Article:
Skip to main content

Criminal Records Bureau

Volume 485: debated on Thursday 18 December 2008

To ask the Secretary of State for the Home Department how many people who had already obtained Criminal Records Bureau clearance were required to apply for a further clearance after changing jobs in each of the last five years. (243593)

Disclosures are primarily designed to be used by an employer at the point of recruitment for a particular position. Ultimately it is for each employer, and not the Criminal Records Bureau (CRB), to decide whether a new disclosure should be applied for, bearing in mind their legal and other responsibilities and subject to any statutory requirements.

There are a number of reasons why an employer may not wish to accept a disclosure that has been processed for a previous employment position, including:

The disclosure may not be at the right level (there are two different levels of CRB check; standard & enhanced);

Information revealed through a CRB check reflects the information that was available at the time of its issue—a person may have committed a crime in the intervening period;

The disclosure process may also include a search to establish whether an individual is subject to a direction under Section 142 of the Education Act 2002, or a check against the Protection of Children Act and Protection of Vulnerable Adults PoCA and PoVA) lists.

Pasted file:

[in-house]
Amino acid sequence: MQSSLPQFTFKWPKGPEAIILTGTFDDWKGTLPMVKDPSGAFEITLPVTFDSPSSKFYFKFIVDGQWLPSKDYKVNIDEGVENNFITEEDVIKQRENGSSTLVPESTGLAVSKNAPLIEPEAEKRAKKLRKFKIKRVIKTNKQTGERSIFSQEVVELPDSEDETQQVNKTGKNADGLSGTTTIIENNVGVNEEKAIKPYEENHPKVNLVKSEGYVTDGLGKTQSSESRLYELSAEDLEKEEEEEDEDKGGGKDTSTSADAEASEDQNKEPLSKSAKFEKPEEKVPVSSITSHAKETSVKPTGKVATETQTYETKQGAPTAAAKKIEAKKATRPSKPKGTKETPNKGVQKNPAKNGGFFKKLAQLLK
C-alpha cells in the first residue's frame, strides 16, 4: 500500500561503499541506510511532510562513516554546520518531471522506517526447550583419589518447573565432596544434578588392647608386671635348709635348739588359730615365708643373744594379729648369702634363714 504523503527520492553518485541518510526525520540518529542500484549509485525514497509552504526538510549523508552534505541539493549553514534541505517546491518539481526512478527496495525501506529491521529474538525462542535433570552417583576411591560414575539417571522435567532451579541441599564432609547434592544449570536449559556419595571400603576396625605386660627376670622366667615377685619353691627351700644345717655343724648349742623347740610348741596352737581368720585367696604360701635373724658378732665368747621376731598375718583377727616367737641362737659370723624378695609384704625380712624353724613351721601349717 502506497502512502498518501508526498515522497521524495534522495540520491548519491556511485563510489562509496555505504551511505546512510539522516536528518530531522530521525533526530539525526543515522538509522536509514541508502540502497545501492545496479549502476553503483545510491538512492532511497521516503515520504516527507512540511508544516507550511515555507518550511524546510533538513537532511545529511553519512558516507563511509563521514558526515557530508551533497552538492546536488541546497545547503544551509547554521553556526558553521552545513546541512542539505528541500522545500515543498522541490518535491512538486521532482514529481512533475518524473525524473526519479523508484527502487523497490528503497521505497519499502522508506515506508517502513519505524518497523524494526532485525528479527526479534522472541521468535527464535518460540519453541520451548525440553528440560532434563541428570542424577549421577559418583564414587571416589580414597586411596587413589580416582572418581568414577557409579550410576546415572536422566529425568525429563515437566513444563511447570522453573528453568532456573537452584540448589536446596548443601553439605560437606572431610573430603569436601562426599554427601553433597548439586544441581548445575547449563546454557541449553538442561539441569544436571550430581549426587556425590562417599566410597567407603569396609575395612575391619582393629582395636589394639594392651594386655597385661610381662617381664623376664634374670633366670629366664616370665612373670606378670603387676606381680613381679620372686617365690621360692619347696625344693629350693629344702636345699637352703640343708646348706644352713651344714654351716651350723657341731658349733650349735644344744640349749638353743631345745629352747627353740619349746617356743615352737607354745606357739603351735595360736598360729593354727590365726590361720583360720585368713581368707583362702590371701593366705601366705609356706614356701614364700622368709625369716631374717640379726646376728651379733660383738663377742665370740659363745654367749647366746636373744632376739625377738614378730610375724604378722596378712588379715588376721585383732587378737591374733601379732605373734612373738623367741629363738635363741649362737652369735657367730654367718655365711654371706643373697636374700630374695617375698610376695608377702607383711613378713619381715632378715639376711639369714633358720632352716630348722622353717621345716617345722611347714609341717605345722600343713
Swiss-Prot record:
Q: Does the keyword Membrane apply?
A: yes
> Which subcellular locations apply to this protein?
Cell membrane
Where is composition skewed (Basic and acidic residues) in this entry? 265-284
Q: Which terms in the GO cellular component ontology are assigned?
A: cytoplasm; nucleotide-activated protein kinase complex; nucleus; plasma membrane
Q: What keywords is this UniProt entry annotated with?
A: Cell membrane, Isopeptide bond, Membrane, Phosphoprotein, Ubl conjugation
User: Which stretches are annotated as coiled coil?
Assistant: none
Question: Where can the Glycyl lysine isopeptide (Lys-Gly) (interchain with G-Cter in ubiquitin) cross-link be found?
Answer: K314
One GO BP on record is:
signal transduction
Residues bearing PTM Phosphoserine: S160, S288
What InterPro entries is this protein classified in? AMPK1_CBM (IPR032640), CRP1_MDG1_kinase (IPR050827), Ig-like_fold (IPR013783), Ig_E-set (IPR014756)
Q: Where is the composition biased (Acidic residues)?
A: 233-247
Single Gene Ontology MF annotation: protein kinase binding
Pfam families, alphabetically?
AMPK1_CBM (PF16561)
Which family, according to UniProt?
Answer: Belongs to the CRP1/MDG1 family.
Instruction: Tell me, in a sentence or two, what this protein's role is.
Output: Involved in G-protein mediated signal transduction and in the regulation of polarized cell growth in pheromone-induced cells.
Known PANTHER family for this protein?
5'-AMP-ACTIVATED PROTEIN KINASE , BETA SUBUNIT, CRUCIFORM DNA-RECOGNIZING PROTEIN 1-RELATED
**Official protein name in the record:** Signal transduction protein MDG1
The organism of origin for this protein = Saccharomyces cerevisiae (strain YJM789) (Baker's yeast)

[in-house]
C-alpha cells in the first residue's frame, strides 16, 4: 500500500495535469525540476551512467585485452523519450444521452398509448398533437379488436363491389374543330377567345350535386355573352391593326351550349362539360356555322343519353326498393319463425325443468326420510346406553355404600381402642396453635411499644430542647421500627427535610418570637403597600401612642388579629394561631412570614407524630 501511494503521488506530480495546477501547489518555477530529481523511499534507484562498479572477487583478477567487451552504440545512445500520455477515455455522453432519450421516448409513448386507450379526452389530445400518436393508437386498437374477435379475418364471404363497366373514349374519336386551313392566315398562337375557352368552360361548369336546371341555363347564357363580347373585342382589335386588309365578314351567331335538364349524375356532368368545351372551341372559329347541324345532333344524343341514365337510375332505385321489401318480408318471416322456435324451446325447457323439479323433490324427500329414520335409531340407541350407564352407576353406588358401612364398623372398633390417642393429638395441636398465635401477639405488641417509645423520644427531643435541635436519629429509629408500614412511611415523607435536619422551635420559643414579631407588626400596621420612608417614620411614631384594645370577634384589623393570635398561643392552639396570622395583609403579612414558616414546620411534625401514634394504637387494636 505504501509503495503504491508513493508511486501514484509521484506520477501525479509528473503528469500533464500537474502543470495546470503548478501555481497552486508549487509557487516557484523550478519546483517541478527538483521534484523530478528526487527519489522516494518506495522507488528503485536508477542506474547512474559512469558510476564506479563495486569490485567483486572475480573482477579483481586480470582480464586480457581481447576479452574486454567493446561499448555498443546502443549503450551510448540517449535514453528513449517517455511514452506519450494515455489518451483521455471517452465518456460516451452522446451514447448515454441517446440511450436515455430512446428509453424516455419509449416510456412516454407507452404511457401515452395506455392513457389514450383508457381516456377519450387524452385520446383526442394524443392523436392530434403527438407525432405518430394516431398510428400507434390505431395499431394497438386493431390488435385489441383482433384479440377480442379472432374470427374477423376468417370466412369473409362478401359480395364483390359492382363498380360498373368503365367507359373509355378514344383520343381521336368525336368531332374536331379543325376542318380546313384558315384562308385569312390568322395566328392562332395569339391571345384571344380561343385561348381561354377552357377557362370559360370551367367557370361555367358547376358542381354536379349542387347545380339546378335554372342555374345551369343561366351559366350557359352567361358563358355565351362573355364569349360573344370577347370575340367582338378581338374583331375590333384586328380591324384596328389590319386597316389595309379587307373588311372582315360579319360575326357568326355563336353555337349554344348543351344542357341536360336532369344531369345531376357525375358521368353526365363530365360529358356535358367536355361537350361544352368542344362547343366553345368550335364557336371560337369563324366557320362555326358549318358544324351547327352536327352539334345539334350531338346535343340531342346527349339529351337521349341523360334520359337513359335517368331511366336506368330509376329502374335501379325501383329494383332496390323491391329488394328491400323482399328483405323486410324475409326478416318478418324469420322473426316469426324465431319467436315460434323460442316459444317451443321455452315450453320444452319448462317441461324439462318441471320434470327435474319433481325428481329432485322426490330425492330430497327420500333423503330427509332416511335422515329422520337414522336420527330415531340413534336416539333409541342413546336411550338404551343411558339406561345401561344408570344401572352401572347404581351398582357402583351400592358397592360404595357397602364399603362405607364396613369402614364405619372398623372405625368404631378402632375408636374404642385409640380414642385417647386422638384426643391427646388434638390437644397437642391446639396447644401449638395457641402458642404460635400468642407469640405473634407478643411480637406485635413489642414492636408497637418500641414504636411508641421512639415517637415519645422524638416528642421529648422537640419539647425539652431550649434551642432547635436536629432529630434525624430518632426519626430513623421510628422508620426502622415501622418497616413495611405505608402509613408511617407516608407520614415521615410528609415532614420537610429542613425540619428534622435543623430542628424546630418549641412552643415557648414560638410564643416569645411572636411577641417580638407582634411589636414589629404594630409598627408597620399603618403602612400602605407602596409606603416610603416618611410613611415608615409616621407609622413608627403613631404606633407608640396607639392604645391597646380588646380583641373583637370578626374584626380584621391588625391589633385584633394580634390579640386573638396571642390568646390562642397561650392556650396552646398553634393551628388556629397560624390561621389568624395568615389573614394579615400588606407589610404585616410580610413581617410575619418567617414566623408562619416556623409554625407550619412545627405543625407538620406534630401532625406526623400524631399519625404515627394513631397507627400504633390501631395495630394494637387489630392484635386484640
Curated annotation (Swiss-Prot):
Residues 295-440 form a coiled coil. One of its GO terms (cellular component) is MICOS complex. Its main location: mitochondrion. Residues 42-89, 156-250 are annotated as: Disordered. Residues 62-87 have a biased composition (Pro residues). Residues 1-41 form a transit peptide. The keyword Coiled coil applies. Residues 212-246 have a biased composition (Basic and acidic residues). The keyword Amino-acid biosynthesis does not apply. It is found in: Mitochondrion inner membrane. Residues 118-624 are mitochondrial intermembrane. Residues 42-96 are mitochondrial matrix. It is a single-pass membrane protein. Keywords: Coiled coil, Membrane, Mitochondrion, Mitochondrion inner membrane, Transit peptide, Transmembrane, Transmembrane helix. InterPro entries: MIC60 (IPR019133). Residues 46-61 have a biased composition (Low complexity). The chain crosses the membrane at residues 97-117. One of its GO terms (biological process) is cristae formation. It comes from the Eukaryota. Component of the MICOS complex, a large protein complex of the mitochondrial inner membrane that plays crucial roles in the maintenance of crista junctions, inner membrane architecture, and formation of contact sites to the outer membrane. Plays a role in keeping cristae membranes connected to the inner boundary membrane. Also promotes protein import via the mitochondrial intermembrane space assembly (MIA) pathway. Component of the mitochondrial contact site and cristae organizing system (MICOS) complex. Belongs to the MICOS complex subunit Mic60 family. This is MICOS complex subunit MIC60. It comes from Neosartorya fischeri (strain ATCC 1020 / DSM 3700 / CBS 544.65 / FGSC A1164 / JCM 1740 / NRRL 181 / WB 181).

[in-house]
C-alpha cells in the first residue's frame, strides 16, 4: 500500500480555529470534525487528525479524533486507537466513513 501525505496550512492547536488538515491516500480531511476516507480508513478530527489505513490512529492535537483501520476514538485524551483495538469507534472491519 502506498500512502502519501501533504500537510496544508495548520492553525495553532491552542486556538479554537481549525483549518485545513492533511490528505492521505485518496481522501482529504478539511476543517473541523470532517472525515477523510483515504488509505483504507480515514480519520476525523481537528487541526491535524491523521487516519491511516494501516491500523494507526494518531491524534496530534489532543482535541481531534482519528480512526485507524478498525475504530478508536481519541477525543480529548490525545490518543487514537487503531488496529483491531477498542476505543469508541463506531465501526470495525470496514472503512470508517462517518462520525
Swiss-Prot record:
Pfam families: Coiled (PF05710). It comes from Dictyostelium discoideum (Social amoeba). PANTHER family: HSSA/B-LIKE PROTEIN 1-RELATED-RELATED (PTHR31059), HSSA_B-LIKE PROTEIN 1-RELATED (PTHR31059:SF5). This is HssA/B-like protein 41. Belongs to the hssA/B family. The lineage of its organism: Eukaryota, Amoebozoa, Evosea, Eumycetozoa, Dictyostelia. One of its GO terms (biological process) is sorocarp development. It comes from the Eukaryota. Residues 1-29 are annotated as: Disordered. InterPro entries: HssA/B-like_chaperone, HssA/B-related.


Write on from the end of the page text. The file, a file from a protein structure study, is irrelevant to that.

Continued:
The CRB does not hold data to show the number of people who are required to apply for a further clearance after changing jobs.

To ask the Secretary of State for the Home Department (1) if she will estimate the financial effects on the economy from effects on the length of time taken to complete Criminal Records Bureau checks in the last 12 months; (243807)

(2) if she will estimate the average financial effects on individual employees caused by the length of time taken to complete Criminal Records Bureau checks in the last 12 months.

The Criminal Records Bureau (CRB) does not record the financial loss to the economy or individual employees arising from delays in the completion of CRB checks and therefore this information is not available.

The CRB cannot assess the financial impact of any delays within its service for the following reasons:

Not all individuals checked will be employed.

Not all individuals that experience a delay will request an ex gratia payment.

The CRB is unaware of what other pre-recruitment checks are being undertaken by employers and whether these are completed prior to the issue of a disclosure.

The CRB has no way to assess the financial impact a new employee would make in any industry.

Delays in the CRB Disclosure Service do not disbar an individual from being employed under supervision.

The Police Act gives the employer the eligibility to apply for a disclosure for a potentially new employee but does not state that there is a requirement to do so.

The CRB operates to a set of published service standards (PSS) which include to issue 90 per cent. of standard disclosures within 10 days and 90 per cent. of enhanced disclosures within 28 days. In the financial year 2007-08, the CRB exceeded these targets, issuing 99.7 per cent. of standard disclosures within 10 days and 93.4 per cent. of enhanced disclosures within 28 days.